Another Sunday afternoon hoping to read Cory Ondreijka's Collapsing Geography more thoroughly, and distracted again, by the actual virtual living out of "Collapsing Geography" that you experience in Second Life, which is of course, where he got the idea in the first place, being part of the team that coded the 3-D virtual world.
In my rentals business in Second Life, my customers reflect the international nature of this virtual world, which is said to have about 40 percent U.S. now and the rest from South America, Europe, and Asia -- but the list of countries is extraordinary (you wonder how somebody is actually logging on from Afghanistan or North Korea, or whether those are joke entries).
Cory's notion seems to me a bit of a conceit. That is, it's a kind of technolibertarian fancy, that the contiguous space supposedly interfering between real-life cultures, when removed in a virtual world and mapped in miniature and with more flexibility (teleporting, flying, IMing, groups), will simply melt away and we can all hold hands and sing "Kumbayah" or something. This is a kind of whimsy that is a sort of "geeks of the world will unite" -- because the geeks on the outer edges of their countries and cultures will find it easier to make bridges to each other and collaborate than the geeks might find even with people within their own country.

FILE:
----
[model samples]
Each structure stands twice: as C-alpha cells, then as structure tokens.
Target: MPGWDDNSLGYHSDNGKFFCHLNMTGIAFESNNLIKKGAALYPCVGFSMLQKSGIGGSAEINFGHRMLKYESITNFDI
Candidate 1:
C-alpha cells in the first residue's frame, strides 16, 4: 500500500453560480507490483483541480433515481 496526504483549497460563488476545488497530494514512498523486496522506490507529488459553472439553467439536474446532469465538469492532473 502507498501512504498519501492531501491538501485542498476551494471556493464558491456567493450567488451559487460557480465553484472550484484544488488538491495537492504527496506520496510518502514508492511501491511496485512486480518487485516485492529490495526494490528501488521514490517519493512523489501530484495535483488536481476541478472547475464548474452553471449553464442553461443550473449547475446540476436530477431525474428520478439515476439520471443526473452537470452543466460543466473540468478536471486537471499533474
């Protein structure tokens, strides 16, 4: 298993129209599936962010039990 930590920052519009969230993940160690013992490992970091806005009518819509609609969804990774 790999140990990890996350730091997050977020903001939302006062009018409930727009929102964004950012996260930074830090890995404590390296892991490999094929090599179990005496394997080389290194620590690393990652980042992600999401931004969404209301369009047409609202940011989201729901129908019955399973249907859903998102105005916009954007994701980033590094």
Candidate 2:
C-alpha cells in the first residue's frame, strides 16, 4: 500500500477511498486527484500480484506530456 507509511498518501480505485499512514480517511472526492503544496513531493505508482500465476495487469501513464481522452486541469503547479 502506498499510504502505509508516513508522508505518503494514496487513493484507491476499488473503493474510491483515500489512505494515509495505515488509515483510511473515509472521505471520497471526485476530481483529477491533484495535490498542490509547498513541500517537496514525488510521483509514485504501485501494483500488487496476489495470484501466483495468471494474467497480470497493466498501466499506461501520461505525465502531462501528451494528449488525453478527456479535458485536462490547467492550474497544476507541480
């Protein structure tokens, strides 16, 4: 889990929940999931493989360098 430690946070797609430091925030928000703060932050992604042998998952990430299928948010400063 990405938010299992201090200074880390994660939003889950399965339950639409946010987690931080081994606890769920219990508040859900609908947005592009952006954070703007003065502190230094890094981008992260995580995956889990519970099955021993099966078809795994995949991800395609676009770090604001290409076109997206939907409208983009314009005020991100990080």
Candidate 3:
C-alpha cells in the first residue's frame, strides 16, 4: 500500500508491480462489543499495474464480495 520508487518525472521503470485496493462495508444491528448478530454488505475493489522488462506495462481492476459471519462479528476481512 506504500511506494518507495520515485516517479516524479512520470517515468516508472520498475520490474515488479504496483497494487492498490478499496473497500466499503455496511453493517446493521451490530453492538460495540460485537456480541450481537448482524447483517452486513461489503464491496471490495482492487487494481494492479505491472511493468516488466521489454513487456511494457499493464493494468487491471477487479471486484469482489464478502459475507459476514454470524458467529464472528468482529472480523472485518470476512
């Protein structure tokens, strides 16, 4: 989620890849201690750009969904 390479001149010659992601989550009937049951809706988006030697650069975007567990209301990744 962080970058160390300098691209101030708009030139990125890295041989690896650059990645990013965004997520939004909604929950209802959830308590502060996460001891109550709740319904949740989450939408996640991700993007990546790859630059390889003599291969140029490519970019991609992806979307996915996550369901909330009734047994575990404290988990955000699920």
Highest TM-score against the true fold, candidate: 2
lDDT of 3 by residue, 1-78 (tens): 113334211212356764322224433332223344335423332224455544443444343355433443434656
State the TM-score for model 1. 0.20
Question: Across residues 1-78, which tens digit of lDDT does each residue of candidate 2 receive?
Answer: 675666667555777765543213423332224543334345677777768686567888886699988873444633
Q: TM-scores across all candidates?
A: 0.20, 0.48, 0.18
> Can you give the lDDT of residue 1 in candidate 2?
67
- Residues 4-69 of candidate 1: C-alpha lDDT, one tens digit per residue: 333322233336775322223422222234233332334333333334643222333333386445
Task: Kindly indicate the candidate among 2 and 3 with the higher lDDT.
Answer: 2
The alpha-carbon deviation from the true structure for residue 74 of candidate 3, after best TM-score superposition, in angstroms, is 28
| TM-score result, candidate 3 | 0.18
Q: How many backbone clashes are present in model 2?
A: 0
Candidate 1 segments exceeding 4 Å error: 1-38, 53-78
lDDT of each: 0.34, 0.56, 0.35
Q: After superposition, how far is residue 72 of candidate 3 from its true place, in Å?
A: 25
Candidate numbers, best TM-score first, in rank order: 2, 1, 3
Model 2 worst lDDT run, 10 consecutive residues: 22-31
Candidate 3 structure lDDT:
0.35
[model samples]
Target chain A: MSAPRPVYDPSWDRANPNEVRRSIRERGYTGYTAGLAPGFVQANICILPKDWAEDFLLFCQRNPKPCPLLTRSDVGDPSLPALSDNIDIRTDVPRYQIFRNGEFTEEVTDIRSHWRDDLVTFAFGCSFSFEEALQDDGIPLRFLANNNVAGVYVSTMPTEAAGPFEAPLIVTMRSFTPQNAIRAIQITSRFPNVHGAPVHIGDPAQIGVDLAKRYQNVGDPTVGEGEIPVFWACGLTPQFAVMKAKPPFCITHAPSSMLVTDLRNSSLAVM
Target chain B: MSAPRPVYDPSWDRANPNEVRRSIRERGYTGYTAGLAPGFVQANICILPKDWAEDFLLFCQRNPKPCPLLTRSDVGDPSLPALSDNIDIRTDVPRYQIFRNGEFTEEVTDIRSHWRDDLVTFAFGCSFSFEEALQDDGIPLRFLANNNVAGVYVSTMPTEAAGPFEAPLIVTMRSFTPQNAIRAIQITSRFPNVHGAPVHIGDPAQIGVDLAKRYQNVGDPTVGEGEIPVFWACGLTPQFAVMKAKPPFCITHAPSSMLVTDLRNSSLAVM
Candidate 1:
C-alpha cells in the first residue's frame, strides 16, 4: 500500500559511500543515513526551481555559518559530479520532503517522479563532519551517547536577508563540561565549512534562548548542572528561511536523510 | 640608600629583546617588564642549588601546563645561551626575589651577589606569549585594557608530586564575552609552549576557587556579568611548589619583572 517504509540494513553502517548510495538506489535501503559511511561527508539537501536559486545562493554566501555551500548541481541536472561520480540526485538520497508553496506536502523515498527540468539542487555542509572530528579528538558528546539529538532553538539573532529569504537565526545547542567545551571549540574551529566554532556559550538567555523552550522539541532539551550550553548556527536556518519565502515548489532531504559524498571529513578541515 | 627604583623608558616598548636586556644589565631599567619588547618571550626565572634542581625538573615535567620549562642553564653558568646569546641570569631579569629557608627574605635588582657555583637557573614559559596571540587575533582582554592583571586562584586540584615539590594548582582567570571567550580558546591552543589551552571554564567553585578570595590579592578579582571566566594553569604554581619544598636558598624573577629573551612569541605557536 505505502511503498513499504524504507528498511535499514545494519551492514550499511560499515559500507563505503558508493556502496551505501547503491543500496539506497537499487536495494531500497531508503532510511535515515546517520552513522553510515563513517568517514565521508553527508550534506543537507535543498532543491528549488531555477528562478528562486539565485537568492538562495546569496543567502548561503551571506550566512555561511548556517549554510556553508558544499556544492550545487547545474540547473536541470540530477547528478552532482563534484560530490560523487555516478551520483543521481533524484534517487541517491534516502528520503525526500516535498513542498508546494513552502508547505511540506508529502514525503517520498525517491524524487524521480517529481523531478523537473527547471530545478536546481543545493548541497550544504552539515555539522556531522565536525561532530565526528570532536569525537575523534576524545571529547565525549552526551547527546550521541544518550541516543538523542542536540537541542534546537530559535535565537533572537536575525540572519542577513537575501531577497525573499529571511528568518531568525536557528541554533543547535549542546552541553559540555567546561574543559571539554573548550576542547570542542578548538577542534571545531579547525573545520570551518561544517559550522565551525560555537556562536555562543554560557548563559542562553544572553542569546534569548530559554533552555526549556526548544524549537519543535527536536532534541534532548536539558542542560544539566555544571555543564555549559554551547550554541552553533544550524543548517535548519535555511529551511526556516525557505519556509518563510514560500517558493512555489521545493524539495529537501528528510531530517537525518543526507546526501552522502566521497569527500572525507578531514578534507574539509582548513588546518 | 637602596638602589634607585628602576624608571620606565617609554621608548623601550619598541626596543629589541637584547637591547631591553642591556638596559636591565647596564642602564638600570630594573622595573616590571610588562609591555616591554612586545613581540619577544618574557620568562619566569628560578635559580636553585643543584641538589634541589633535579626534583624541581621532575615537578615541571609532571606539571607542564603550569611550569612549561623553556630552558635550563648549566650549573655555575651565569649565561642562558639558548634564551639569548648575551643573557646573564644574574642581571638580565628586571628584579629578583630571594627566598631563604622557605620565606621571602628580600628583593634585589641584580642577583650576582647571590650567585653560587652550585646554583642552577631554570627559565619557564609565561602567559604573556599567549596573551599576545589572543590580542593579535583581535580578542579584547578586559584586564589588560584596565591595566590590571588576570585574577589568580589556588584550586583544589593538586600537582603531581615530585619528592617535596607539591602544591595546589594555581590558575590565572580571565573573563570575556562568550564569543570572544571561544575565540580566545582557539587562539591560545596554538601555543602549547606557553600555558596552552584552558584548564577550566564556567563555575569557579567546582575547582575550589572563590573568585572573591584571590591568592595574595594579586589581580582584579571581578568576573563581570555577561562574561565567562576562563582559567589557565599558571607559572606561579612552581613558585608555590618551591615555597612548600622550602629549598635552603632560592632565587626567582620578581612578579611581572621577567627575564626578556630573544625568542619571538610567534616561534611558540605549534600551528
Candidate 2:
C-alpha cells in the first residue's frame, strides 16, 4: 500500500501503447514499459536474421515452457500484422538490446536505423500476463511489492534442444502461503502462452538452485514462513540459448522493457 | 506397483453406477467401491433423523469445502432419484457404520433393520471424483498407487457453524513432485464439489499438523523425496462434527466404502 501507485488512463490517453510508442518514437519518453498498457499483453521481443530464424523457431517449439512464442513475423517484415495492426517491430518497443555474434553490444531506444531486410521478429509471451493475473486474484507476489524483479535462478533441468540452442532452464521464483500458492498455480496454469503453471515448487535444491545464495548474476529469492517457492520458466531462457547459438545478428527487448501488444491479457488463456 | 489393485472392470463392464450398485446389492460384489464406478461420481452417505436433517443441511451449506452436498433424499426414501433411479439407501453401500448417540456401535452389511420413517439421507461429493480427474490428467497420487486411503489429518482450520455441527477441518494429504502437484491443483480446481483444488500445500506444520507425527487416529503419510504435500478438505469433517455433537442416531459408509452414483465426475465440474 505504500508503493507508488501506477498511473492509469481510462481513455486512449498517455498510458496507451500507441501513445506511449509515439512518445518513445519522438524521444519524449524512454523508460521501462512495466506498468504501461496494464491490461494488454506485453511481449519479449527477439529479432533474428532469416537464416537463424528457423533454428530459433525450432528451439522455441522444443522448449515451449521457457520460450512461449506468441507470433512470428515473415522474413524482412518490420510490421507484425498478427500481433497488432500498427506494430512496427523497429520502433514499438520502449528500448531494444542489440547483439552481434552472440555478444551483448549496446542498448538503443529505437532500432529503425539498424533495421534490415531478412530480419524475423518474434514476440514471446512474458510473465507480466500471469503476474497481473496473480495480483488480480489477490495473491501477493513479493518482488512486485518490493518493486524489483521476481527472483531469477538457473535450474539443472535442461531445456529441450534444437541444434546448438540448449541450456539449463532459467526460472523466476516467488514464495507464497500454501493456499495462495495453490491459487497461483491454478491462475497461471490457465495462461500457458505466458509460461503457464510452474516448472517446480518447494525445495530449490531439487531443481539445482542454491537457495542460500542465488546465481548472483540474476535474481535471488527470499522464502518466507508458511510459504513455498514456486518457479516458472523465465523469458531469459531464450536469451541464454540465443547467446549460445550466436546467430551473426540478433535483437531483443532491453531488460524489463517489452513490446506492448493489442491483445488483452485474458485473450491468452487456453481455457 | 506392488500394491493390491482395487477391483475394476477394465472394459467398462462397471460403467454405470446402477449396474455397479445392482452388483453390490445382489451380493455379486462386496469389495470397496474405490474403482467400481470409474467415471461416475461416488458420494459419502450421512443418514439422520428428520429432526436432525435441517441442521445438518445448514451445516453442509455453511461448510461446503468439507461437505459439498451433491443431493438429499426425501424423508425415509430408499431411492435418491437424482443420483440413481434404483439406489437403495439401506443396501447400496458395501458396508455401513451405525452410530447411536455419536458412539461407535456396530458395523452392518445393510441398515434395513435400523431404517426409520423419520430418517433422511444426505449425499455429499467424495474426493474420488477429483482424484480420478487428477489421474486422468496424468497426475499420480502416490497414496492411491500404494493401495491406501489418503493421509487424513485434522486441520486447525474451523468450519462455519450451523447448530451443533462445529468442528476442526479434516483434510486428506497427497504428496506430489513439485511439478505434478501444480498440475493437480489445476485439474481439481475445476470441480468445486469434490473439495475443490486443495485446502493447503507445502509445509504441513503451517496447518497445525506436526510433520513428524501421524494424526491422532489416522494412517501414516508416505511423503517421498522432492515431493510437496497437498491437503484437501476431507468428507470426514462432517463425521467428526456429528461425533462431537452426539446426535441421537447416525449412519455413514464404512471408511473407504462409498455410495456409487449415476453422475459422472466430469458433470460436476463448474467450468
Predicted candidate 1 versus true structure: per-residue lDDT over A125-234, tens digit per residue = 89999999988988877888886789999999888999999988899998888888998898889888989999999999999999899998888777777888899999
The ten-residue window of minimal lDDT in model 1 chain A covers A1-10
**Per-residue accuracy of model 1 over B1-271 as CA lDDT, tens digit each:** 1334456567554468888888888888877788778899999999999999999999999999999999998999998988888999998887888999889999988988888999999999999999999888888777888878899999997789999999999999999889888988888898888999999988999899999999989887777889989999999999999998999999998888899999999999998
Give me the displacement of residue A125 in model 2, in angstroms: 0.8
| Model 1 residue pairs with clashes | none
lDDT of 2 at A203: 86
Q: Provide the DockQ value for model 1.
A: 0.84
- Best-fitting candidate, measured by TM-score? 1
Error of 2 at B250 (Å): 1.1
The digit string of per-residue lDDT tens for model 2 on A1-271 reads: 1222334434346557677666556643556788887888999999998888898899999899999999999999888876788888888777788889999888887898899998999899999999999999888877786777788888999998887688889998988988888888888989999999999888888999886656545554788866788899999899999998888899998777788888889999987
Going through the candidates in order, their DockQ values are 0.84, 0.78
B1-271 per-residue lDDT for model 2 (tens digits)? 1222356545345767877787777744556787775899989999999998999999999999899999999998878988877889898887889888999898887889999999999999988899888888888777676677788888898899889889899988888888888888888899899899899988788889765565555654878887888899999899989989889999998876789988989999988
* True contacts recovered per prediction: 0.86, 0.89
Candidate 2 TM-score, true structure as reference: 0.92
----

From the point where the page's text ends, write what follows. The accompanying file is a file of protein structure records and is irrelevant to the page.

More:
I saw this phenomenon in the international human rights movement a lot. The people who were human rights advocates, often members of minorities or classes of people who were victimized, would find it easier to contact, communicate with, and collaborate with people in other countries who matched their status of advocacy, minority, discriminated class, victim. They could talk to *each other* easier than they would with the other classes, let along ruling groups of their countries.
International peace movements (some of them built on the Comintern methods and politics, of course) would also use this hands-across-the-sea that actually amounted to a campfire with themselves. Still, it had its poignancy and attraction, and I think those holding their hands around these campfires who had found each other sometimes drew in larger circles. That's why when E.P. Thompson, who tried to lead the charge against the cold war and its military structures in the 1980s European Nuclear Disarmament campaign, resonated so deeply when he coined its slogan: "We must be faithful not to East or West, but to each other."
I think this phenomenon of hands-across-the-sea can give you a false sense of internationality that in fact might prevent dialogue not only within your own country with people in different groups but also prevent all of you in your new-found internationalism from ever gaining any significant following.